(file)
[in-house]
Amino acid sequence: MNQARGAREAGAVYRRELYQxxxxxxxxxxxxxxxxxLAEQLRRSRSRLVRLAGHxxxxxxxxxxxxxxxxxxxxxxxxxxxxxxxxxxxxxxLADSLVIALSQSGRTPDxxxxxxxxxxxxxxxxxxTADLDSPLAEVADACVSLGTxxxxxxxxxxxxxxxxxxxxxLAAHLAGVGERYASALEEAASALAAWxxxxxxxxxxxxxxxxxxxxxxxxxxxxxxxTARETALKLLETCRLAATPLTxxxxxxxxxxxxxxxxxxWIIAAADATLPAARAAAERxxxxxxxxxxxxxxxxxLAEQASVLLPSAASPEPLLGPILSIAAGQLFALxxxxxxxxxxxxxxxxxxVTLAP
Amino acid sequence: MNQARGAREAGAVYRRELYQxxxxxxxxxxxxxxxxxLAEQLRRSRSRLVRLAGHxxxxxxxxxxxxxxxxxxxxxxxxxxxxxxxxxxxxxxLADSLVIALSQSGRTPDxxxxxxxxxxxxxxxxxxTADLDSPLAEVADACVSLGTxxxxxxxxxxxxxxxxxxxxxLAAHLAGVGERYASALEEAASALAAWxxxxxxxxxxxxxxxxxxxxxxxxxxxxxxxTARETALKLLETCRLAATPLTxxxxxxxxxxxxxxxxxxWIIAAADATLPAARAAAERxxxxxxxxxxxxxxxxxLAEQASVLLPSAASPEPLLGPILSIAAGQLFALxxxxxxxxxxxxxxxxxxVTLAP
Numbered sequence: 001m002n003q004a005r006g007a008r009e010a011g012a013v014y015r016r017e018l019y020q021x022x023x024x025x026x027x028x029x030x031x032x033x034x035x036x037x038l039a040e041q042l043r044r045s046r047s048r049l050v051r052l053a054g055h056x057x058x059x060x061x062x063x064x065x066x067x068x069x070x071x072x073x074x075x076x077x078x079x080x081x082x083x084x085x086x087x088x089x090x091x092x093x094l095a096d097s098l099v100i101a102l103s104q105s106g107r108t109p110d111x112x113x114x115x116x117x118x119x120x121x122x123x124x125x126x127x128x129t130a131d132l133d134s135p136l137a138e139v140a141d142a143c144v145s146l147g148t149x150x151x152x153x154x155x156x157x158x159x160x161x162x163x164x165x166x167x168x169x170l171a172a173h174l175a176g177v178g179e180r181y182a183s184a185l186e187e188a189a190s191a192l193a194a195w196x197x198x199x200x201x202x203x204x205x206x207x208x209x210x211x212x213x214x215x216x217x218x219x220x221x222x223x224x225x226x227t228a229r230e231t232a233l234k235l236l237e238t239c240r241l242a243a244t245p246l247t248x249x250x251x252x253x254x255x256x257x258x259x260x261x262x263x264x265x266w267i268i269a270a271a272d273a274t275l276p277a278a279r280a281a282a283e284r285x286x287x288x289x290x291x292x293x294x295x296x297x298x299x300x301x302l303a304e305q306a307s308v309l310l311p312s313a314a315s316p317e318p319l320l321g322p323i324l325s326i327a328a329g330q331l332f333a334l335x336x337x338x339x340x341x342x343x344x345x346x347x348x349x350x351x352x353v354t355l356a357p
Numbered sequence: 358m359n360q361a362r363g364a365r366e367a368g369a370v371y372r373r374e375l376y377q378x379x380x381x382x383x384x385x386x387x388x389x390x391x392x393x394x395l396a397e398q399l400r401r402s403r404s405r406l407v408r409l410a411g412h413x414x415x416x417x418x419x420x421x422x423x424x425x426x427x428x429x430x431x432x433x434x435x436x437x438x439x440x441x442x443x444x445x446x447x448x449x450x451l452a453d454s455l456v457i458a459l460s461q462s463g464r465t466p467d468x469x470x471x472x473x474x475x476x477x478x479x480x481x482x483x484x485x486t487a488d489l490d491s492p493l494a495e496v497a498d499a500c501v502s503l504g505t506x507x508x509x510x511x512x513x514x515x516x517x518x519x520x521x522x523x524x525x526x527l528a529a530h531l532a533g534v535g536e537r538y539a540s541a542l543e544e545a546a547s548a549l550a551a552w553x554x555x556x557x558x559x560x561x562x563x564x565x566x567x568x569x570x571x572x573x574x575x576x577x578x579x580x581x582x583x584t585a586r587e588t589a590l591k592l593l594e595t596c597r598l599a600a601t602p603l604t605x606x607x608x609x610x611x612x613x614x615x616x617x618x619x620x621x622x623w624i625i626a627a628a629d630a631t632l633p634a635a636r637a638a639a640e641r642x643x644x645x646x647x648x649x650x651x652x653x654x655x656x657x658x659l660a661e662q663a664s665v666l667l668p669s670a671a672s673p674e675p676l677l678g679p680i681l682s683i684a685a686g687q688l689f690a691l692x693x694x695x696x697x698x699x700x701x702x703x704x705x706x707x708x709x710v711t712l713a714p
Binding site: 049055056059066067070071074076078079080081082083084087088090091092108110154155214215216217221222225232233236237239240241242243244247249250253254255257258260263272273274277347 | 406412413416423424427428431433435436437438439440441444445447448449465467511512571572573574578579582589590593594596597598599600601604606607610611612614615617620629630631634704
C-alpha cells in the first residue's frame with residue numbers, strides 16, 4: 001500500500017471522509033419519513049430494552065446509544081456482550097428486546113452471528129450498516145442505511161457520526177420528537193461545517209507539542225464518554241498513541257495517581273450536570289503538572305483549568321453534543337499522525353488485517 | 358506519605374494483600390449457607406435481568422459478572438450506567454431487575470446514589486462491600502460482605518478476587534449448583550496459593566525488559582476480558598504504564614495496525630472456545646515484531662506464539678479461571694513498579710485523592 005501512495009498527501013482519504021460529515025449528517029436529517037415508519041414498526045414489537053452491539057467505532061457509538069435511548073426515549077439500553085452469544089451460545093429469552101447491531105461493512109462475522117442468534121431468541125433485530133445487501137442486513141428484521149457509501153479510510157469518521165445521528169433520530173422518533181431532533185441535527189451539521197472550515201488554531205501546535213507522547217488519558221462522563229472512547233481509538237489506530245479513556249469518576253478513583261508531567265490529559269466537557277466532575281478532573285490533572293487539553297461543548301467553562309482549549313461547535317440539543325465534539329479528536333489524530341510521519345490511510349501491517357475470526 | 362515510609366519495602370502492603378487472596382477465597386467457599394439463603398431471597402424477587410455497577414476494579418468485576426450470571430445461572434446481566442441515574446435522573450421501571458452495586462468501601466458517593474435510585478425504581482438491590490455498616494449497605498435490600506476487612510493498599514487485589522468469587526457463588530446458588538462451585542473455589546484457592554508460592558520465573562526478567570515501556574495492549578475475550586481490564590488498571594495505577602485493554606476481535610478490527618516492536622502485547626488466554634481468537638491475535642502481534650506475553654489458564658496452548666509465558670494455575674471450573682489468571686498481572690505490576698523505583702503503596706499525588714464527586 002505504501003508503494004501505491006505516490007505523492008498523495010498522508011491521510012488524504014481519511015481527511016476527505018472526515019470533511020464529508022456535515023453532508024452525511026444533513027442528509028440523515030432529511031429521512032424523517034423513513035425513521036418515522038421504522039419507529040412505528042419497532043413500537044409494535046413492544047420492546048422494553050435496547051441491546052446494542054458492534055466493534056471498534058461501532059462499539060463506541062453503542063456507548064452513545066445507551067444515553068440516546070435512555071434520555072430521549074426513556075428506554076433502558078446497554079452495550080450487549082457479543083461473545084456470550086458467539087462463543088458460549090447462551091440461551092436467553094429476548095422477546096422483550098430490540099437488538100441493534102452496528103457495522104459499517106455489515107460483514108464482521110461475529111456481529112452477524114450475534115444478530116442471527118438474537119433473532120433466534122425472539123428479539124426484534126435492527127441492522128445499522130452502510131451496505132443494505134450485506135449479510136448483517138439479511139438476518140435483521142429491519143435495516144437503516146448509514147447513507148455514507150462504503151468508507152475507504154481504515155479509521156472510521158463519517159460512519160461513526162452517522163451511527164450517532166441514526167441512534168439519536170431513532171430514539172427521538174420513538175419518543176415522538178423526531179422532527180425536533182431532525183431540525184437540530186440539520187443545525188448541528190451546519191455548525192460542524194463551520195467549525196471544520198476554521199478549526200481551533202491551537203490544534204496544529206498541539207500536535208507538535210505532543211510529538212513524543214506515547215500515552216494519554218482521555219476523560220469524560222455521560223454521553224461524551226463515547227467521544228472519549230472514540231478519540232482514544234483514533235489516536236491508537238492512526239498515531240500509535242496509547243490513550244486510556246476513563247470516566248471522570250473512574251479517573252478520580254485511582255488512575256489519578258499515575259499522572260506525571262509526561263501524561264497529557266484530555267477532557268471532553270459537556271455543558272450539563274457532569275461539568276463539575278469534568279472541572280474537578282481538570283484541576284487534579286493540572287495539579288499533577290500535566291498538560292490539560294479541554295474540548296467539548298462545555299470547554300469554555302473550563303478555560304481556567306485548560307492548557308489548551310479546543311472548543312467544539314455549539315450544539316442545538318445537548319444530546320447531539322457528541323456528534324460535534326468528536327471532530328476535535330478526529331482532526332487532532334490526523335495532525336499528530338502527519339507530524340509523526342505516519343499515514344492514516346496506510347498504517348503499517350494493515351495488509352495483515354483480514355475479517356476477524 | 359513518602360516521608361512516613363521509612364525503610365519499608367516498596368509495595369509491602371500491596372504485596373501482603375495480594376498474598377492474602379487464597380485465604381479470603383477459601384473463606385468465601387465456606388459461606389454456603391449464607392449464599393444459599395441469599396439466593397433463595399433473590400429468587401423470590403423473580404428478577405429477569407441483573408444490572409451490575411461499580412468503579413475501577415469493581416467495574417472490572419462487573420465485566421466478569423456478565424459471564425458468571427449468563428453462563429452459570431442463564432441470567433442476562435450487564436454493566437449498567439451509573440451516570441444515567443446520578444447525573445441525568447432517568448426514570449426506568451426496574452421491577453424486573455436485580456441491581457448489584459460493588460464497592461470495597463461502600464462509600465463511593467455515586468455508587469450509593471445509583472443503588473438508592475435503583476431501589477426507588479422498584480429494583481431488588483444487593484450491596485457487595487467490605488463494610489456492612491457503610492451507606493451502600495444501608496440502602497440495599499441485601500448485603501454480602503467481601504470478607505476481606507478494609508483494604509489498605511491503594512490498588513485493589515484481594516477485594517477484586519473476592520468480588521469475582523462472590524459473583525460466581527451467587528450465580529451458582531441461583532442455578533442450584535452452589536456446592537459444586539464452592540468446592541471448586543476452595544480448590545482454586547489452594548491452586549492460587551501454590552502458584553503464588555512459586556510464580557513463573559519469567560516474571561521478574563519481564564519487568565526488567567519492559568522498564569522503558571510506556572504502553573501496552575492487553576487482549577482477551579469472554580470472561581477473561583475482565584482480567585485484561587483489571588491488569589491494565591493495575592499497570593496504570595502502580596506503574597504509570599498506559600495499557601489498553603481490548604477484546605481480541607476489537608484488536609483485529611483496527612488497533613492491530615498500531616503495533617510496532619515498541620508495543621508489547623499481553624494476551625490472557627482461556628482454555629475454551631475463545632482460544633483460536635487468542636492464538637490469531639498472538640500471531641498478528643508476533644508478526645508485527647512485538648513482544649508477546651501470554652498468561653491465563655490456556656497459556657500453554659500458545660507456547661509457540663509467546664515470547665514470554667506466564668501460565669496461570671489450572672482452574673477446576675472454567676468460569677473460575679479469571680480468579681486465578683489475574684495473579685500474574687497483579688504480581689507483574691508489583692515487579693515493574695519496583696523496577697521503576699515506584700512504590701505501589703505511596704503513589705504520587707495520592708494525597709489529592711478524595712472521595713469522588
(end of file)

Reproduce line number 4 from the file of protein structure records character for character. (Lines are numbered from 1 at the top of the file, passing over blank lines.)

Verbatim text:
Numbered sequence: 001m002n003q004a005r006g007a008r009e010a011g012a013v014y015r016r017e018l019y020q021x022x023x024x025x026x027x028x029x030x031x032x033x034x035x036x037x038l039a040e041q042l043r044r045s046r047s048r049l050v051r052l053a054g055h056x057x058x059x060x061x062x063x064x065x066x067x068x069x070x071x072x073x074x075x076x077x078x079x080x081x082x083x084x085x086x087x088x089x090x091x092x093x094l095a096d097s098l099v100i101a102l103s104q105s106g107r108t109p110d111x112x113x114x115x116x117x118x119x120x121x122x123x124x125x126x127x128x129t130a131d132l133d134s135p136l137a138e139v140a141d142a143c144v145s146l147g148t149x150x151x152x153x154x155x156x157x158x159x160x161x162x163x164x165x166x167x168x169x170l171a172a173h174l175a176g177v178g179e180r181y182a183s184a185l186e187e188a189a190s191a192l193a194a195w196x197x198x199x200x201x202x203x204x205x206x207x208x209x210x211x212x213x214x215x216x217x218x219x220x221x222x223x224x225x226x227t228a229r230e231t232a233l234k235l236l237e238t239c240r241l242a243a244t245p246l247t248x249x250x251x252x253x254x255x256x257x258x259x260x261x262x263x264x265x266w267i268i269a270a271a272d273a274t275l276p277a278a279r280a281a282a283e284r285x286x287x288x289x290x291x292x293x294x295x296x297x298x299x300x301x302l303a304e305q306a307s308v309l310l311p312s313a314a315s316p317e318p319l320l321g322p323i324l325s326i327a328a329g330q331l332f333a334l335x336x337x338x339x340x341x342x343x344x345x346x347x348x349x350x351x352x353v354t355l356a357p